Dealing with risk — diversified asset allocation

Diversified asset allocation, the belief system that most investment advisors preach—has the “right”  mix of stocks, bonds, real estate, commodities spread out over the entire world.   This investor age dependent mix is rebalanced, typically quarterly, by reducing your investment in areas that have performed well and increasing your stake in areas that are now underweighted—presumably waiting their turn to perform.

I don’t think this is a bad strategy, but it does make the assumption that the future will be like the past (e.g., equities average around 10% growth per year over multi-decade periods, and that some assets classes like bonds and commodities tend to counterbalance trends in equities. For at least equities, the 2000 to 2010 time period has not been kind to this strategy—ignoring dividends the growth has been negative on the broad based markets.   Another trend is the recent synching up of commodities, and lower quality bonds with the equity markets.  This may be due to the rise of the ETF, which has made it much easier to get in, and out of things like gold, oil, and bonds.   Instead of counter balancing each other, they are increasingly moving in tandem—which increases the potential gains and risks.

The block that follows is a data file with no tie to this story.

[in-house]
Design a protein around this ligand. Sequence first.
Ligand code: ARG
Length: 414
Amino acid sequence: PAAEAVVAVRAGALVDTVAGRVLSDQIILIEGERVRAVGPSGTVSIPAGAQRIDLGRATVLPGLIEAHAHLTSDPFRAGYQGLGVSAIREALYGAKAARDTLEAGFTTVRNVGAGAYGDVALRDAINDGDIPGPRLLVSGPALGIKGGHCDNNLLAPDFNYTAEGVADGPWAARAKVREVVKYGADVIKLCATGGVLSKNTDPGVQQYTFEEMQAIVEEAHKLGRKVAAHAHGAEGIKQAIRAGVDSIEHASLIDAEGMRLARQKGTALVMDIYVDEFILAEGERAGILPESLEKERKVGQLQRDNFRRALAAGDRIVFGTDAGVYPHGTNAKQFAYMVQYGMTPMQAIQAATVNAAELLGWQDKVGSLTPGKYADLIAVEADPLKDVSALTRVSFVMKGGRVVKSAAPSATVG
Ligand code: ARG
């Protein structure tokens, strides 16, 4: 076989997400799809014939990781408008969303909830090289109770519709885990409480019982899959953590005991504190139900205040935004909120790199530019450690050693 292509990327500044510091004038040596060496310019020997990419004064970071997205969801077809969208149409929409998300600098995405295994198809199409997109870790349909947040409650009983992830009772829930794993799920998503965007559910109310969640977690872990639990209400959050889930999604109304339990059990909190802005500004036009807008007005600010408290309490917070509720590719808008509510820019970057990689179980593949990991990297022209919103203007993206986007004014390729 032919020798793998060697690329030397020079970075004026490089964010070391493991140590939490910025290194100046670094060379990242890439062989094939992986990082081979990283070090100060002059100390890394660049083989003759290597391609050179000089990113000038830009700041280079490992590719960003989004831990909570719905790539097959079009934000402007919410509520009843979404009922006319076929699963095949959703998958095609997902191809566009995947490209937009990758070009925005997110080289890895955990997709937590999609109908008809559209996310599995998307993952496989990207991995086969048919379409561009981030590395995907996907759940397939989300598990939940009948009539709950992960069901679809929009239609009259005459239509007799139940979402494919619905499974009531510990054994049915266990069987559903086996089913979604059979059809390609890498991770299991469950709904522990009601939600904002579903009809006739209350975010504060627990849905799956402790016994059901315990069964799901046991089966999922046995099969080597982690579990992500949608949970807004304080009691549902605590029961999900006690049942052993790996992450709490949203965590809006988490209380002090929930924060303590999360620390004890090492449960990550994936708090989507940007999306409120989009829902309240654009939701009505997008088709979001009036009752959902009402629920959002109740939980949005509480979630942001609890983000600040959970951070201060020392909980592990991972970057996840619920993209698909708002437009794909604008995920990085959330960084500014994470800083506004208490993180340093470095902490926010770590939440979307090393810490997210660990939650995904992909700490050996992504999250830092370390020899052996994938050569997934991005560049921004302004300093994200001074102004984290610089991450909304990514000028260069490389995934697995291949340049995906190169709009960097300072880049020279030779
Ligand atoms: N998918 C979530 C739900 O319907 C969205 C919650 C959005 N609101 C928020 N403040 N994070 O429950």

Summarizing, from a risk management standpoint this approach has a fair number of issues:

  1. I don’t think the past reliably predicts the future.  There are underlying assumptions about asset correlation and long term growth that look increasingly suspect
  2. Although this is the probably the predominate investment strategy in the USA–because the vast majority of people just do what their broker recommends—it delivers truly gut wrenching poor performance during big bear markets.  People have their entire life savings invested in alignment with this strategy, and they see many years of gains erased in a few months.   The doomsayers come out in force, the press headlines the losses, and the conventional wisdom states that stocks are dead.   The end result is that a significant number of people capitulate near the bottom—bailing out of their investments at the worst possible time.

One of things I do like about diversified asset allocation is that its disciplined periodic rebalancing  takes profits on winners and reduces your exposure to the hot sector.  While an anathema to the momentum player, taking some of your winnings off the table periodically reduces your exposure to speculative bubbles.  The bursting of these bubbles is notoriously hard to predict, and they go south very quickly when they do.


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